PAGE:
In order to find resources on the network, computers need a system to look up the location of resources. Check out http://YouTube.com/ITFreeTraining or http://itfreetraining.com for more of our always free training videos. This video looks at the DNS records that contain information about resources and services on the network. The client can request these records from a DNS server in order to locate resources like web sites, Active Directory Domains and Mail Servers just to name a few.
In this video
This video will look at the following DNS records:
Host (A and AAAA): Contains IP Addresses for IPv4 and IPv6 hosts
Alias (CNAME): Works just like a shortcut for files except for DNS records.
Mail Exchange (MX): Holds the address of mail servers for that domain.
Service Record (SRV): Holds the address of services on the network. E.g. Active Directory DC’s.
Start of Authority (SOA): Contains information and configuration for a zone file.
Name Server (NS): Contain the address of other DNS servers for that zone.
Pointer (PTR): Reverse look up record allowing a hostname for an IP Address to be look up.
Host (A and AAAA)
The host record is used to store the address of a hostname. “A” is used for IPv4 and AAAA (Quad A) for IPv6. These can be created manually in DNS or if dynamic DNS is enabled and the client can register its hostname and thus its IP Address with the DNS server.
A canonical name or CName record provides an alias service in DNS. A CName effectively points to another A or Quad A record. When the client requests the hostname that is contained in the CName, they are given the IP Address that is contained in the A record or Quad A record. The advantage of a CName is that it can provide a simple name to the user rather than a more complex server name. For example, instead of having to remember FS27 for the local file server, a CName of FS could be used to point towards the server FS27. CName’s can also be used to transparently redirect network traffic. For example, if you changed you mind and wanted to redirect the user to FS28 you would only need to change the CName record to point to FS28 rather than FS27. It should be remembered that the old record may exist in the client cache and may take some time to expire.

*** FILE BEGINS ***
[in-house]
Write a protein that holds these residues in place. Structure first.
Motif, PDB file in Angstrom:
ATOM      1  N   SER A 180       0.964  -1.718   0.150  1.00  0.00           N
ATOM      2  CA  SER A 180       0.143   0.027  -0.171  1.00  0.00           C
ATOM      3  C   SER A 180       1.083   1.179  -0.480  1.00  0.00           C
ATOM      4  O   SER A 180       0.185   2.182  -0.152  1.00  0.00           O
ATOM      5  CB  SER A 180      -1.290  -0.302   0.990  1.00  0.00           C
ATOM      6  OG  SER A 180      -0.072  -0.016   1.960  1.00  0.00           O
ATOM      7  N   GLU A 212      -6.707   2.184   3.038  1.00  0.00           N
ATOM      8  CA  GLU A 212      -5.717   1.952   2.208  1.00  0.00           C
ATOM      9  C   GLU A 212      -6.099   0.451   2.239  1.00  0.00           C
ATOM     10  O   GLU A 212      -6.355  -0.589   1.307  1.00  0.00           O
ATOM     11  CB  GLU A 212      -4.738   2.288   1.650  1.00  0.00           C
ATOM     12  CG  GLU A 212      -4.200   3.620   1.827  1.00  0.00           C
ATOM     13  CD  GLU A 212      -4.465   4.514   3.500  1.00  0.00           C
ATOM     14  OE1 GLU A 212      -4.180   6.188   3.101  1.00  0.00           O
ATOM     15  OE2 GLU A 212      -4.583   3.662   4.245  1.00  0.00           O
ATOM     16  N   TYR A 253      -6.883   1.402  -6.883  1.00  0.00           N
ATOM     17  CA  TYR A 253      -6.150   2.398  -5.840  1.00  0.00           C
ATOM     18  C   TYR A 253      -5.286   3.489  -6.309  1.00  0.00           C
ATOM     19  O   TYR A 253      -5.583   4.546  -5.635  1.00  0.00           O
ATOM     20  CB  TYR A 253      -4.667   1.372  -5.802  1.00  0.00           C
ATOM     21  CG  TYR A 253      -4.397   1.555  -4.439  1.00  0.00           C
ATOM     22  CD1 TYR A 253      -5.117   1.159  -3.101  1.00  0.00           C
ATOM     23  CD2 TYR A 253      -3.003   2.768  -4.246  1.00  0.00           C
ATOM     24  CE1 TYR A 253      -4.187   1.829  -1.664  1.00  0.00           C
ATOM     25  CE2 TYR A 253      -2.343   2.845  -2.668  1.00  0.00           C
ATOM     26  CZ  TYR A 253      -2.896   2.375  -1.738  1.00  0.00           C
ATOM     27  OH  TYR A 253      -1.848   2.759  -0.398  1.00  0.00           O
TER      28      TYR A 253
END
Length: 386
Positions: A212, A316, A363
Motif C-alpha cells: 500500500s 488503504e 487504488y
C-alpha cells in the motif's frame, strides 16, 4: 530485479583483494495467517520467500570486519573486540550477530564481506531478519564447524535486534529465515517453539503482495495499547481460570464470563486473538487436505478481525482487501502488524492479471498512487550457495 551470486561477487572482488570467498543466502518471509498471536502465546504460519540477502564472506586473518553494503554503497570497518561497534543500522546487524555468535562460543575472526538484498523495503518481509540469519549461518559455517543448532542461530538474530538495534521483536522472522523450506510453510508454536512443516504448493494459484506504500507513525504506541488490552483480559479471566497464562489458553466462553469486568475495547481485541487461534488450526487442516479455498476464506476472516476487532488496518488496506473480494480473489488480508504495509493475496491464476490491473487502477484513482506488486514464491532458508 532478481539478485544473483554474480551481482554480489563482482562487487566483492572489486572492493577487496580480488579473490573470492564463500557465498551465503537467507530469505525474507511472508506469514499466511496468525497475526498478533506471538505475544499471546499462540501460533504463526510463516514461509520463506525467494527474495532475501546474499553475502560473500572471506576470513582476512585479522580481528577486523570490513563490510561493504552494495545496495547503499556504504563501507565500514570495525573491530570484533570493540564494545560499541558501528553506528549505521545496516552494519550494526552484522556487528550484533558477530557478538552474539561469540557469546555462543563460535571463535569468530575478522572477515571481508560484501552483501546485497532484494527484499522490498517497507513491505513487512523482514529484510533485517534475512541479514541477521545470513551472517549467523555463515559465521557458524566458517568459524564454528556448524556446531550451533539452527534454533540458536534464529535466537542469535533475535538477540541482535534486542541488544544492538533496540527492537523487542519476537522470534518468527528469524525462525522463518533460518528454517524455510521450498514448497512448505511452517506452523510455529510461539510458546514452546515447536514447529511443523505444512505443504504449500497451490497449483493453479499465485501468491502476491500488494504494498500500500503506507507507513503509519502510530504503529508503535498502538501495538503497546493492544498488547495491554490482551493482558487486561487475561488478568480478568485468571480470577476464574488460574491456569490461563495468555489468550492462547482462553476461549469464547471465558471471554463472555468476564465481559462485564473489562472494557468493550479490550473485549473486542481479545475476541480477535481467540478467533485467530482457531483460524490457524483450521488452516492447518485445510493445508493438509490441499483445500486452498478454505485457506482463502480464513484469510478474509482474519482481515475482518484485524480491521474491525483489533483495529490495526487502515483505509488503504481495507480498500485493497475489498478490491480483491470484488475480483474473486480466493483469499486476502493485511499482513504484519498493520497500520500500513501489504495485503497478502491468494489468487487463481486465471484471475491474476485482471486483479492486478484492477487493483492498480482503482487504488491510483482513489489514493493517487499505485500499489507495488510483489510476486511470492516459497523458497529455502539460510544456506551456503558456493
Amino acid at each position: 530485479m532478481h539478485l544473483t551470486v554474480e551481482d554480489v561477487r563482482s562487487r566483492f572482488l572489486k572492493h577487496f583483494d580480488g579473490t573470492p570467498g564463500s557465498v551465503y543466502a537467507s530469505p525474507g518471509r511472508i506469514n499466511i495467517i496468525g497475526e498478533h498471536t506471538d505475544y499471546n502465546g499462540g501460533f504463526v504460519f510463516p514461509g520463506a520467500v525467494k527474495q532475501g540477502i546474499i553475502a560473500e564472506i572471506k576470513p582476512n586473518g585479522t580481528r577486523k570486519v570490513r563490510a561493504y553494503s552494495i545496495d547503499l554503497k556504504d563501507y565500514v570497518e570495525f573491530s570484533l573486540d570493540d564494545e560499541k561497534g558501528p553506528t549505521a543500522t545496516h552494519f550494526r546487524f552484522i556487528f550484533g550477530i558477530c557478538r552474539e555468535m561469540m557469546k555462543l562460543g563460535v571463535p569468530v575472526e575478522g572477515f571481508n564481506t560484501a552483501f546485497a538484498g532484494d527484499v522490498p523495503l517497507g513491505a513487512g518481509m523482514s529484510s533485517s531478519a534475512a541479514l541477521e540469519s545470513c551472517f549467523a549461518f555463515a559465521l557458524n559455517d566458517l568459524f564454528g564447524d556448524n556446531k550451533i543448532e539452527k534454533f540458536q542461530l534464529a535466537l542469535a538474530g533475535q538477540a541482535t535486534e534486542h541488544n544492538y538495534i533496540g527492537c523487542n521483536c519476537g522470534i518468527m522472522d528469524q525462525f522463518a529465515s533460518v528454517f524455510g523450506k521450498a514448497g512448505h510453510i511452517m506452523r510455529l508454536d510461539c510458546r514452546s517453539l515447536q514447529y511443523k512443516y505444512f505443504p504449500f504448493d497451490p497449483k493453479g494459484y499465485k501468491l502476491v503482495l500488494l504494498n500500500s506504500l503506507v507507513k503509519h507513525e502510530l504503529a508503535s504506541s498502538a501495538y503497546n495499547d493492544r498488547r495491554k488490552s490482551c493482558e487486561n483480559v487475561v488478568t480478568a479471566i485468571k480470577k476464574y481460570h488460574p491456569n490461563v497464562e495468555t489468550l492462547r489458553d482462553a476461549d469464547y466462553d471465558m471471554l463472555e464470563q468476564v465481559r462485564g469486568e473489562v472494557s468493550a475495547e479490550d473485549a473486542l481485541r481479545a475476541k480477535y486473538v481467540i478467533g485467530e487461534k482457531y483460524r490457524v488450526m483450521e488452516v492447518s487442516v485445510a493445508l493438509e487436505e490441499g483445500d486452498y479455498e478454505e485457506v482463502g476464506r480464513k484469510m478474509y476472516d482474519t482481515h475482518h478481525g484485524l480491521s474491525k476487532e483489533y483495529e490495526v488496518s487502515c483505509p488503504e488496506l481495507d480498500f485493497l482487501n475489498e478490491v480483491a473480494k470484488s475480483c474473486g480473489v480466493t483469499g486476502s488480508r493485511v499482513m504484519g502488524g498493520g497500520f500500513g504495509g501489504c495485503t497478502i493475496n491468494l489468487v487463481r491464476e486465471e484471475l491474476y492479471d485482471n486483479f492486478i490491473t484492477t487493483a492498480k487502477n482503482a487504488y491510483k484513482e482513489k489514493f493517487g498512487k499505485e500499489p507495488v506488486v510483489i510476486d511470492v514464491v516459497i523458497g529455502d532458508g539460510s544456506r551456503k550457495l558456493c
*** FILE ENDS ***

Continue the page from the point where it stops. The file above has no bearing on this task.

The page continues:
Mail Exchange (MX)
The mail exchange record contains a mail server that is able to process mail for that domain name. When a mail server wants to deliver mail, it will perform a DNS lookup asking the DNS server for an MX record for that DNS Domain name. The mail server will then attempt to deliver mail to that server. The mail server does not need to have the same DNS name as the mail that is being delivered, it simply needs to understand how to process mail for that DNS domain name.
The MX record also has priority value that can be configured. If two or more MX Exchange records exist for the same DNS Doman name, the MX record with the lowest priority will be tried first. If this fails, the MX record with the next lowest value will be tried until the mail is delivered. Often large companies will have multiple mail severs for incoming mail. In some cases, these additional mail servers may be located on different sides of the globe in case there is a long network outage.
Service Record (SRV)
Service records allow clients on the network to find resources on the network. Active Directory creates a number of service records in DNS to allow clients to find resources like Domain Controllers. This is why Active Directory cannot operate without DNS. A single service record has a number of data fields associated with it. These include, service, target, port and priority. Service records are normally created automatically by applications assuming that your DNS server allows dynamic updates.
Start of Authority (SOA)